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Monday, September 12, 2016
Hillary’s Health no Longer just a Conspiracy Theory
Brian C. Joondeph
Hillary Clinton attended the 9/11 tributes and remembrances Sunday morning in New York City. Donald Trump was there too along with thousands of 9/11 family members, memorializing the fallen and showing American fortitude 15 years after that tragic day.
Clinton's campaign staff attributed the episode to Mrs. Clinton feeling "overheated." It could be due to overheating if it was a hot day. But was it?
The temperature in New York City Sundaymorning was a comfortable 80 degrees, hardly a NYC summer scorcher. The forecast was for cooler temperatures than the day before. Were there reports of other memorial attendees suffering a similar fainting spell?
Syncope is a medical term for "a transient self-limited loss of consciousness with an inability to maintain postural tone that is followed by spontaneous recovery." There are lots of potential causes, mostly benign such as dehydration or temporarily low blood pressure. But sometimes syncope "presages a life-threatening event in a small subset of patients."
Causes range from circulation, heart conditions, metabolic/endocrine issues or central nervous system dysfunction. In a woman turning 69 next month, a first episode of syncope should be of concern, particularly in a high profile presidential nominee in the midst of a busy campaign season. A trip to the hospital emergency room would not be unreasonable in this situation. On the other hand, if these episodes are common and have already been medically evaluated and attributed to an underlying condition, racing off to the emergency room would not be warranted.
The fact that Mrs. Clinton went not to the hospital but instead to her daughter Chelsea's apartment, then to her home in Chappaqua, suggests that her syncopal episode was not of serious concern to her or her staff. Or that she is traveling with one or more medical personnel. If the former, that this type of spell is commonplace, why hasn't Mrs. Clinton told us about it? Seems a presidential candidate would be forthcoming about any significant health issues. What are the implications of such an episode duringMrs. Clinton's hypothetical "3 AM phone call"? If the latter, and she is traveling with a medic, why is that? The president travels with medical staff, but candidates do not, unless they need it. And if they do, why?
Legitimate concerns about Mrs. Clinton's health, dating back several years, have been dismissed as conspiracy theories. She suffered a traumatic brain injury in 2012 described by her husband former president Bill Clinton as "a terrible concussion that required six months of very serious work to get over." She was, and perhaps still is, taking blood thinners. She has an underactive thyroid. Then there are her recent coughing spells. Not to mention the possible seizures, falls and mysterious medical syringe.
These health concerns are not a big deal if they involve the 68-year-old woman living down the block, but they do if the 68-year-old woman is the potential President of the United States, Commander in Chief of the U.S. Armed Services, arguably the most powerful leader in the Free World.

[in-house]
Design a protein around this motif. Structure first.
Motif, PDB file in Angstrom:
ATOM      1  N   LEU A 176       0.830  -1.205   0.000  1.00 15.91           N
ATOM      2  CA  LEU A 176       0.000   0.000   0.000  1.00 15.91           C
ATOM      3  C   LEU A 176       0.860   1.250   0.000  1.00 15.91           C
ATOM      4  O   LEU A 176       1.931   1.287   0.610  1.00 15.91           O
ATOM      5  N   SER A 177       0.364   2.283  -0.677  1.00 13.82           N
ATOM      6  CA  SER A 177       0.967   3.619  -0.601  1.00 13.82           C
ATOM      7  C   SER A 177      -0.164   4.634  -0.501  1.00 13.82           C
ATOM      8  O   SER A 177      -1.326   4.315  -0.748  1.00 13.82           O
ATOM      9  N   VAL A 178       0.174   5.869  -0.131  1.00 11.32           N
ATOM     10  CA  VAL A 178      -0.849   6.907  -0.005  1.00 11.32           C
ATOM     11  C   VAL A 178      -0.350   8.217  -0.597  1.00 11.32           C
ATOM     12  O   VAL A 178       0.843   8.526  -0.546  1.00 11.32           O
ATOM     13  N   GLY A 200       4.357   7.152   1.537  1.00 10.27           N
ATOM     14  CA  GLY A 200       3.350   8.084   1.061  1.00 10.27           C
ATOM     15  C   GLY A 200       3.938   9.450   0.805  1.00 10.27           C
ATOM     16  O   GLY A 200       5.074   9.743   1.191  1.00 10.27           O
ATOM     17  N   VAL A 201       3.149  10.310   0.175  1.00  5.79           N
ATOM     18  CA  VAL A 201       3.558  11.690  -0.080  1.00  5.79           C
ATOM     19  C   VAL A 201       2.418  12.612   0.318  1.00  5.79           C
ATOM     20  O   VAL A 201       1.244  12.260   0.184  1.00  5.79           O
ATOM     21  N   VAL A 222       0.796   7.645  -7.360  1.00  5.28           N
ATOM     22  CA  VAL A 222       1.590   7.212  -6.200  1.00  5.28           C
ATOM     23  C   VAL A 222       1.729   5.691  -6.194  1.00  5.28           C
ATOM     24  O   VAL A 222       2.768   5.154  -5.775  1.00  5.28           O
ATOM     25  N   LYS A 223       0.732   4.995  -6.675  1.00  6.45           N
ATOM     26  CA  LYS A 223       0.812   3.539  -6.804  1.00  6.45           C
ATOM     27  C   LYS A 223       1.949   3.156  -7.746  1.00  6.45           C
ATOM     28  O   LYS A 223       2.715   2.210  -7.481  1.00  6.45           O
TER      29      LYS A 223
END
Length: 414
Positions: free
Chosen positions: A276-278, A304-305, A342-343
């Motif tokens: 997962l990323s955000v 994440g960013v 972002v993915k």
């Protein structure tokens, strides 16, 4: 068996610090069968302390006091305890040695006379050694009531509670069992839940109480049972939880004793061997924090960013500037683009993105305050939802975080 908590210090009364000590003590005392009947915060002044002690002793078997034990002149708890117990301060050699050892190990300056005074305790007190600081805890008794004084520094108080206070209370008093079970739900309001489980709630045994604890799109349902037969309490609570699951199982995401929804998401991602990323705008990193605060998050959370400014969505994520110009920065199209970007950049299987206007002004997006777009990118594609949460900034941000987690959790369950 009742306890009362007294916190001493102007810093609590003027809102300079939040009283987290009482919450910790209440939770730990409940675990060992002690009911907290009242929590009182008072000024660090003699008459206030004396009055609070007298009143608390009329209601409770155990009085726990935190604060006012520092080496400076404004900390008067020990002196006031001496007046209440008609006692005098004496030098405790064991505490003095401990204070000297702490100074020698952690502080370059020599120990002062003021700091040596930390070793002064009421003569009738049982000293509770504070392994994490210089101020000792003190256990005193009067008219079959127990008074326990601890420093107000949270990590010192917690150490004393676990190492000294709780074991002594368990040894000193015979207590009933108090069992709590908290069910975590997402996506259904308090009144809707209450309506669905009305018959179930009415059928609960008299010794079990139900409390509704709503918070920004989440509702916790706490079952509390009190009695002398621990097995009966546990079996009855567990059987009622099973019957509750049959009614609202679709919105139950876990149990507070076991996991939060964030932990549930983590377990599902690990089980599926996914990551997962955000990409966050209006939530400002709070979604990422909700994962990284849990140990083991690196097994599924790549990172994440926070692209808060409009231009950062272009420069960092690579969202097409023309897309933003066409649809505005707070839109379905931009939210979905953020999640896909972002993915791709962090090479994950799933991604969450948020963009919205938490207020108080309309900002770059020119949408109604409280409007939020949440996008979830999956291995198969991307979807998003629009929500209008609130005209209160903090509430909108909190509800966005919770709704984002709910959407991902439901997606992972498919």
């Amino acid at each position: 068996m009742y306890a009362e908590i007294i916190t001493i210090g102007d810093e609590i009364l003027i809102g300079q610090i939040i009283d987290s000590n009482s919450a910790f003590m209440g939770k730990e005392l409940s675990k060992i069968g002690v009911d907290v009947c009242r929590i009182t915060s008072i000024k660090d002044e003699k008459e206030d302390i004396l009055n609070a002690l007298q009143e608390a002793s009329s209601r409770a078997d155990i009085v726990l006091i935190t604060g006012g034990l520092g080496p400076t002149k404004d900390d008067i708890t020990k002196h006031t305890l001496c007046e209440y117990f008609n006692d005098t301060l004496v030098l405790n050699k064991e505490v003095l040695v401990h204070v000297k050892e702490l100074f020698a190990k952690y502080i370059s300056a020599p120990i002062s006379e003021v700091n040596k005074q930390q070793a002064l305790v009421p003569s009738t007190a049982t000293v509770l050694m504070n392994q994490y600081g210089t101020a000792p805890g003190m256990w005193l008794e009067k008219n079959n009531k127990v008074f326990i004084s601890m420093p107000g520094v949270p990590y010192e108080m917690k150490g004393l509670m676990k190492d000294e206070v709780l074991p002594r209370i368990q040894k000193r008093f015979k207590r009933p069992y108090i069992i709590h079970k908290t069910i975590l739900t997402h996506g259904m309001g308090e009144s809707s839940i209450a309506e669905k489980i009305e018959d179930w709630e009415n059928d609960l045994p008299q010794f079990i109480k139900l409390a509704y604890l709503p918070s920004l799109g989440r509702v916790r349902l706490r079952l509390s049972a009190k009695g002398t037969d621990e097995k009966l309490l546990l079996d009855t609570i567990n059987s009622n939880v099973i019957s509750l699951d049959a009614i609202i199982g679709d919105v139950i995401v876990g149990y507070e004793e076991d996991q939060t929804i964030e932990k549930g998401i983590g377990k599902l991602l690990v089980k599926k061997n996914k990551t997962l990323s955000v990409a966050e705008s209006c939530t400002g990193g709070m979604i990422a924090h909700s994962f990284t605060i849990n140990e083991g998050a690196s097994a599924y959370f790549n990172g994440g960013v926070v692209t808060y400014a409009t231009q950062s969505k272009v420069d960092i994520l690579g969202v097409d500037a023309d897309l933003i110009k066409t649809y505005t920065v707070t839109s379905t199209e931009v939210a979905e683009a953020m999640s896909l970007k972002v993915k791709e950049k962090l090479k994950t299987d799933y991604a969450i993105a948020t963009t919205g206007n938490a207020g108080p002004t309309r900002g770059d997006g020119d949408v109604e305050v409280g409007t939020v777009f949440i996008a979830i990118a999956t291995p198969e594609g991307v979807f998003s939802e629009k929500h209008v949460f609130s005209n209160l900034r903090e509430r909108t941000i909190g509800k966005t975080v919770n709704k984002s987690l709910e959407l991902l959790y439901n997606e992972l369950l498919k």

CNN, not surprisingly, disagrees. Several weeks ago they attempted to debunk the Clinton health conspiracy theories, coining a new term, "healthers", similar to the Obama conspiracy theorists or "birthers." Predictably they assert a Trump-Brietbart connection as the source of these wild theories. If the Koch Brothers weren't part of the #NeverTrump movement, they would have likely been tied to the conspiracy too.
Just a few days ago, Chris Cillizza of the pro-Clinton Washington Post wrote an article entitled, "Can we just stop talking about Hillary Clinton's health now?" He referred to concerns over Mrs. Clinton's health as, "wacky theories that emerge out of the fever swamps on the very fringe of the conservative movement."
What a difference a few days and a syncopal episode make. Today Mr. Cillizza has changed his tune, wading into his own "fever swamp." Writing again in the Washington Post, "Hillary Clinton's health just became a real issue in the presidential campaign." After several recent coughing fits and her "medical episode" today, he acknowledges, "talk of Clinton's health no longer just the stuff of conspiracy theorists."
Another pro-Clinton news outlet weighed in. NY Times bureau chief Adam Nagourney tweeted, "Feels like a good day for Clinton to release her medical records and call on Trump to do same." Can't argue with that.
Interestingly Mr. Cillizza, eight years ago, was quite concerned over John McCain's health. If elected in 2008, he would have been 72 years old at the time, only three years older than Mrs. Clinton if she is elected in November. The concerns over Senator McCain stemmed from potential physical and emotional injuries inflicted during his time as a prisoner of war in Vietnam as well as his previous malignant melanoma.
Fair concerns at the time, despite the fact that eight years later, Mr. McCain is alive and well, seeking yet another 6-year Senate term.
So why aren't concerns about Mrs. Clinton's health worthy of disclosure and discussion? Mr. McCain, unlike Mrs. Clinton, was not exhibiting any behaviors or symptoms of concern, yet the media still fretted over his health.
Perhaps Mrs. Clinton's "medical episode" on 9/11 will be the proverbial straw that broke the camel's back, moving her health issues from the realm of conspiracy theory to a legitimate concern and campaign issue.
Brian C Joondeph, MD, MPS, a Denver based retina surgeon, radio personality, and writer. Follow him on Facebook and Twitter.